Chancellor Kaya Henderson has made a practice of avoiding the national spotlight, but Tuesday morning, at an U.S. Education Department symposium on cheating, she stepped up.

D.C. Schools Chancellor Kaya Henderson. (Marvin Joseph/The Washington Post)

“Because there is no standard either for identifying potential wrongdoing or for investigating once cheating is alleged, we are left with a fuzzy picture of what reliable outcomes are,” Henderson said.

DCPS is under investigation by District and federal authorities for alleged cheating by staff on the DC CAS between 2008 and 2010. Henderson asked the D.C. Inspector General to investigate after USA Today published a lengthy investigation last March that showed elevated levels of wrong-to-right answer sheet erasures in classrooms at more than 100 D.C. schools since 2008. The Education Department Inspector General later joined the inquiry.

But Henderson seemed to be saying that without clearer standards, even these probes will not resolve questions from the public or media about the sharp growth in D.C. test scores under former chancellor Michelle Rhee. It will also continue to render DCPS and other school systems vulnerable to what she described “those who would like to tear down outcome-based education reform.”

Henderson said DCPS took every conceivable step in response to questions about test security, including hiring a private firm, Caveon, to investigate high-erasure classrooms flagged by state authorities in 2009 and 2010. But Caveon founder John Fremer said last year that DCPS asked for a limited inquiry that didn’t involve all the forensic tools at its disposal.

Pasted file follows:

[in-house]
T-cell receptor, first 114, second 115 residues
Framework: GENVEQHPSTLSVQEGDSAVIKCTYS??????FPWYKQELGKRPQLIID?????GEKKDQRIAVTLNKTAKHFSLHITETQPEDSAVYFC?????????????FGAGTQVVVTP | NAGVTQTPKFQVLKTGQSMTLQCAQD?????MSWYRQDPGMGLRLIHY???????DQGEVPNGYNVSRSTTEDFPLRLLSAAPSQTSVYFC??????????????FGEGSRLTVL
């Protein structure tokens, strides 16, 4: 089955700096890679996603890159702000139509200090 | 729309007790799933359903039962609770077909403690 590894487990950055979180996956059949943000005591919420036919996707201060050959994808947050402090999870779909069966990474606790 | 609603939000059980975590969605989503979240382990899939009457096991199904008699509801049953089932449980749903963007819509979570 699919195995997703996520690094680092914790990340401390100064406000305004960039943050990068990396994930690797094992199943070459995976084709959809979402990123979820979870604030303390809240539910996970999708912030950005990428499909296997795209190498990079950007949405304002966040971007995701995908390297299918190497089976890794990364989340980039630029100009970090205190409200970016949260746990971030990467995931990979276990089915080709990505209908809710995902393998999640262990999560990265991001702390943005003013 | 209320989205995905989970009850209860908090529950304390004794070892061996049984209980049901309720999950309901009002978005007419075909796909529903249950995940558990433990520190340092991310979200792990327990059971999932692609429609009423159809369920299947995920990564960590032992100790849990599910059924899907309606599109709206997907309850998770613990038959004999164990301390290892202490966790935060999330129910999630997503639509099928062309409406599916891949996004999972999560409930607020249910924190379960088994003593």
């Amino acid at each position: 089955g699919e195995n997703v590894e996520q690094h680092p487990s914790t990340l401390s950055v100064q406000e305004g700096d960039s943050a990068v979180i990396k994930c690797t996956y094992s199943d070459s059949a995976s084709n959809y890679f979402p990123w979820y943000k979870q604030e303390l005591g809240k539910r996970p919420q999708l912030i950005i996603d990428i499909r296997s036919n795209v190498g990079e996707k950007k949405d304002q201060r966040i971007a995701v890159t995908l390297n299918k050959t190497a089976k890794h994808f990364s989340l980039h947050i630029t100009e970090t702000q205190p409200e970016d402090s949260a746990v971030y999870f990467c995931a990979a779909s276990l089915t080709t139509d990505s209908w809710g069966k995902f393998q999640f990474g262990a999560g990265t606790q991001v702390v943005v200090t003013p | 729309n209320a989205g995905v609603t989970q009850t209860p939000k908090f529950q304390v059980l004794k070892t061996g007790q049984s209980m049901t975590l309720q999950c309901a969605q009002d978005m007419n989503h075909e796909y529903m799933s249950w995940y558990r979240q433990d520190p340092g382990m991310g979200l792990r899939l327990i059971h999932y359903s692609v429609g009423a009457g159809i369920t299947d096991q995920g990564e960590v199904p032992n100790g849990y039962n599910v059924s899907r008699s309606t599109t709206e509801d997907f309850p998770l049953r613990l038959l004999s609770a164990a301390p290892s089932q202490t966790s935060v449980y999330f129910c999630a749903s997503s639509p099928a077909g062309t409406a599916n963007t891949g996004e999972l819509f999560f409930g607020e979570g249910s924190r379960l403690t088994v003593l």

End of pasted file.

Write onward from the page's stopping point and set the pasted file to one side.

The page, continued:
“It was easy sport for the press to play the what-more-could-be-done game,” she said. “Couldn’t we have looked at right-to-wrong erasures in more schools? Wasn’t there more that our vendor could have done to identify inconsistencies? Couldn’t investigations have been more thorough? Can we release the information to the press so that press and the public could decide for themselves?”

Henderson said the answer to all the questions was “yes.” Caveon could have looked at patterns of answers within classrooms, annual score growth of students, or how results may have deviated from predictions based on interim tests.

“But there was no reason to believe that any of these actions would have yielded more reliable results or more accurate results,” she said. “It was clear to me it would be very easy for a district like ours to fall down a rabbit hole of testing investigations only to find out that because there are no widely accepted standards there is no agreed upon result that would have satisfied the press or the public.”

Henderson also referred to Monday’s column by New York Times education columnist Michael Winerip challenging the propriety of Education Secretary Arne Duncan sharing a panel with Rhee while the school system was under investigation. He also called the department’s selection of Henderson as one of the conference’s opening speakers “disheartening.”

“More generally the press has framed the challenge of test integrity as their struggle to out deceitful school districts,” Henderson said. “This approach is exactly wrong. Schools districts like ours struggle with these issues constantly.”